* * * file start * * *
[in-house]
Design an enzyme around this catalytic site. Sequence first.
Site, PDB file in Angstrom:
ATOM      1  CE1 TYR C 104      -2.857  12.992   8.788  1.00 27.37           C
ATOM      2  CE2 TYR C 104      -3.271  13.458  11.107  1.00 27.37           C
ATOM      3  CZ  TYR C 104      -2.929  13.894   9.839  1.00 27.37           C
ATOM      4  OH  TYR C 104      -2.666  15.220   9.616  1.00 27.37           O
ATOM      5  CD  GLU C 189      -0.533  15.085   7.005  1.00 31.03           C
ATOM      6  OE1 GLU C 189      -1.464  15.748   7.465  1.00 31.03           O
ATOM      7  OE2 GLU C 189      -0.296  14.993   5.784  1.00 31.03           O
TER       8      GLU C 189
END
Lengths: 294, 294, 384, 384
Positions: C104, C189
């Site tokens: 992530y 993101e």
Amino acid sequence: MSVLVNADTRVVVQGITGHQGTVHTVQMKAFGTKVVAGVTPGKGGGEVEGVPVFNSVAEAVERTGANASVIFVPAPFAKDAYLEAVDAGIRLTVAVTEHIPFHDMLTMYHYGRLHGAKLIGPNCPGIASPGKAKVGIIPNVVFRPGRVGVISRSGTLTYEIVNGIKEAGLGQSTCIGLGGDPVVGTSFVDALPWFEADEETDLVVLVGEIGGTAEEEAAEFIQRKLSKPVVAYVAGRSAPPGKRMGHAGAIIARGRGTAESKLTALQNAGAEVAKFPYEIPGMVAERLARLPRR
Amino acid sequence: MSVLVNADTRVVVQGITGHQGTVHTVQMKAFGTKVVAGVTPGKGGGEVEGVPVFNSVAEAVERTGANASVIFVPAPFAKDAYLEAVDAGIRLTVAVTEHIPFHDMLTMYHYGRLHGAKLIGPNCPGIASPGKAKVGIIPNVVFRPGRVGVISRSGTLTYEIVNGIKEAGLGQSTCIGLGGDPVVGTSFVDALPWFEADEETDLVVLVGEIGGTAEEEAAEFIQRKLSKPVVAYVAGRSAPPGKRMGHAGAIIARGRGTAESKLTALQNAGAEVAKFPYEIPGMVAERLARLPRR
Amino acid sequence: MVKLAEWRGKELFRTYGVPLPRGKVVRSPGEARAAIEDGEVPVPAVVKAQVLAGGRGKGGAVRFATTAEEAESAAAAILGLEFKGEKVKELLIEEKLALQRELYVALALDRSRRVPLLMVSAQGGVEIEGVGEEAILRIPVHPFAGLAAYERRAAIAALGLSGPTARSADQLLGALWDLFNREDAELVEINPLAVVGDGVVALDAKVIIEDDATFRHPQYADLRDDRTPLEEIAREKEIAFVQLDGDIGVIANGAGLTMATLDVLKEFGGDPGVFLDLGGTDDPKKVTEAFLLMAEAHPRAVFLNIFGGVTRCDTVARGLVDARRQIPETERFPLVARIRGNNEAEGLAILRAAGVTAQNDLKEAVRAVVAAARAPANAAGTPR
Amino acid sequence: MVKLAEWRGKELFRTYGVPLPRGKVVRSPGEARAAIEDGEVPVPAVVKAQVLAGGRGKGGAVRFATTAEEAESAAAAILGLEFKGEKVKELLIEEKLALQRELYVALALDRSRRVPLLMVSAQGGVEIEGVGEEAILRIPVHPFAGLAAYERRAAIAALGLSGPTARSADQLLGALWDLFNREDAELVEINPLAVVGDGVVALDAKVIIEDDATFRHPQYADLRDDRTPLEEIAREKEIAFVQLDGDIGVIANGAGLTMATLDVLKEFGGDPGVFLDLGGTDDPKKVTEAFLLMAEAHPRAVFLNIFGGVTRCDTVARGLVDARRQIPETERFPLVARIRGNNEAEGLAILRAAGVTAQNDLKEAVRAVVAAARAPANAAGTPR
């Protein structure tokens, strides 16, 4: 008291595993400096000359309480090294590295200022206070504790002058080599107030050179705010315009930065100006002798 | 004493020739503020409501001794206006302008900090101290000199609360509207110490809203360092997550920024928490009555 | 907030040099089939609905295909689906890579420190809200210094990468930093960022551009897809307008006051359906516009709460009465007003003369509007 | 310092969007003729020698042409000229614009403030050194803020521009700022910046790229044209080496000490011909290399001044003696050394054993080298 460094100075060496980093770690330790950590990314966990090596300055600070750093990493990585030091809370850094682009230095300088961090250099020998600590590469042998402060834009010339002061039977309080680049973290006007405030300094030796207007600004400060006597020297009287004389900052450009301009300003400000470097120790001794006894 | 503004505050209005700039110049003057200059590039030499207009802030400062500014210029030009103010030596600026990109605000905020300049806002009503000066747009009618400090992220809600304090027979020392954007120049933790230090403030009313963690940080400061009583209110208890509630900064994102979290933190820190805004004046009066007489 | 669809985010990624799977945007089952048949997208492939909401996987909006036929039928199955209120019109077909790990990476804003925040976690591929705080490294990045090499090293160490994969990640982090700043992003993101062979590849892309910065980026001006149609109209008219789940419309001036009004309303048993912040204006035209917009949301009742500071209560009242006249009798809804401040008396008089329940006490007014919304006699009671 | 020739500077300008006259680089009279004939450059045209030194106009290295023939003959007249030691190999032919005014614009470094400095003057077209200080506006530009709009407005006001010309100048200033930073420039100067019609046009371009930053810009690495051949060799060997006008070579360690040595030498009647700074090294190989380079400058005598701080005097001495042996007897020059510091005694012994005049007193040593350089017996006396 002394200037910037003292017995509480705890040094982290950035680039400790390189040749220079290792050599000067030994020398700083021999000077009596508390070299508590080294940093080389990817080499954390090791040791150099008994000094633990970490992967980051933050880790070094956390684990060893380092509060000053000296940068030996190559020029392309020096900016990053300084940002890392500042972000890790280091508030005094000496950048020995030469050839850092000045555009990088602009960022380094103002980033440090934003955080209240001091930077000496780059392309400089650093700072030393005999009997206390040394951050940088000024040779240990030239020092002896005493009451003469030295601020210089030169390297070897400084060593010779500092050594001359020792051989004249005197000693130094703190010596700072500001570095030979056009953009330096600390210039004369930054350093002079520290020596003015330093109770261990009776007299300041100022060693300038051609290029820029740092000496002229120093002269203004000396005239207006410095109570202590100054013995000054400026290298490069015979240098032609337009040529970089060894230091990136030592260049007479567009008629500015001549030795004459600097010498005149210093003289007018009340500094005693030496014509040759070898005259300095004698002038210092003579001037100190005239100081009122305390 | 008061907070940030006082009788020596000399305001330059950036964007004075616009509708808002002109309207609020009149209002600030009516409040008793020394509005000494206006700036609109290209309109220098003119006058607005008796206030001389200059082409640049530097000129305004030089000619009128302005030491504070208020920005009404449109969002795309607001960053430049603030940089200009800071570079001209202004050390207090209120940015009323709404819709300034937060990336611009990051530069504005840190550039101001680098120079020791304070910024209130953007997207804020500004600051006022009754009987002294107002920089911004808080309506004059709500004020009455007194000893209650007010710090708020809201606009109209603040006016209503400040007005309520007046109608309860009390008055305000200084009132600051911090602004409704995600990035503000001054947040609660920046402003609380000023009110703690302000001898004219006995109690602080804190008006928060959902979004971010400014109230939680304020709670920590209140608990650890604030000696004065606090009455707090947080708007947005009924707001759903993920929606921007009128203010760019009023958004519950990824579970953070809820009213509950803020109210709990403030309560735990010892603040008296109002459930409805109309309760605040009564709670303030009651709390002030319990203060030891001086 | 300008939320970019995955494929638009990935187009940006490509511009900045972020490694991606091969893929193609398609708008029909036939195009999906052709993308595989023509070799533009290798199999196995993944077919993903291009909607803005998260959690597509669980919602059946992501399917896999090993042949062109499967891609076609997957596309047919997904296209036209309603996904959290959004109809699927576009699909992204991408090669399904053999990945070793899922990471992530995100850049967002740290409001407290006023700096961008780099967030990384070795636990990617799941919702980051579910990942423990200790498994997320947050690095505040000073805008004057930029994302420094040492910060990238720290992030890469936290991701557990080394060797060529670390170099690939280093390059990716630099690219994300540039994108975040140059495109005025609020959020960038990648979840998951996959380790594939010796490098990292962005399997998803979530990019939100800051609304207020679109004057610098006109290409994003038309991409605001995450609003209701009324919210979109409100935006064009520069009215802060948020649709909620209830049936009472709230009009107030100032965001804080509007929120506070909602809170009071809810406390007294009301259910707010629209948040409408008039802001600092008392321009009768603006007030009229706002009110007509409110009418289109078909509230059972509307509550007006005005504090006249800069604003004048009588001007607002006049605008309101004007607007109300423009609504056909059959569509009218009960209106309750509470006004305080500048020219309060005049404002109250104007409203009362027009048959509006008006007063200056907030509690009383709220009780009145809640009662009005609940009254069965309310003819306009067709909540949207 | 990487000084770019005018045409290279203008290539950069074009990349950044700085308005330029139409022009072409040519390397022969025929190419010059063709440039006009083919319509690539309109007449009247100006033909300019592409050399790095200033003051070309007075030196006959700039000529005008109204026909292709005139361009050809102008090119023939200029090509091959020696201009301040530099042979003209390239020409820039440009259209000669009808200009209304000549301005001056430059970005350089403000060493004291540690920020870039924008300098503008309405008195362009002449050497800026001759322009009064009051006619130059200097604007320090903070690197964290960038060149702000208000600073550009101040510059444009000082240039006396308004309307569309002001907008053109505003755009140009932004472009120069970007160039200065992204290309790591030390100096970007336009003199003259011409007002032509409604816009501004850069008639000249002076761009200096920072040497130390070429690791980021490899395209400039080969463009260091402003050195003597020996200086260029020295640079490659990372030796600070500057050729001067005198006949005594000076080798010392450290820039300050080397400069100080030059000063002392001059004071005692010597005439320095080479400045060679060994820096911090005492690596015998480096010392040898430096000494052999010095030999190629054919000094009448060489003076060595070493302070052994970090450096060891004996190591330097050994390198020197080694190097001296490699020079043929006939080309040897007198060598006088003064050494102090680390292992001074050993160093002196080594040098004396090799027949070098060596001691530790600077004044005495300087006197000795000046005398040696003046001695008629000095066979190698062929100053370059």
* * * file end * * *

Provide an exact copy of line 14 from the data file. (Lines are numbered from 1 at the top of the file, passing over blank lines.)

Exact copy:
Positions: C104, C189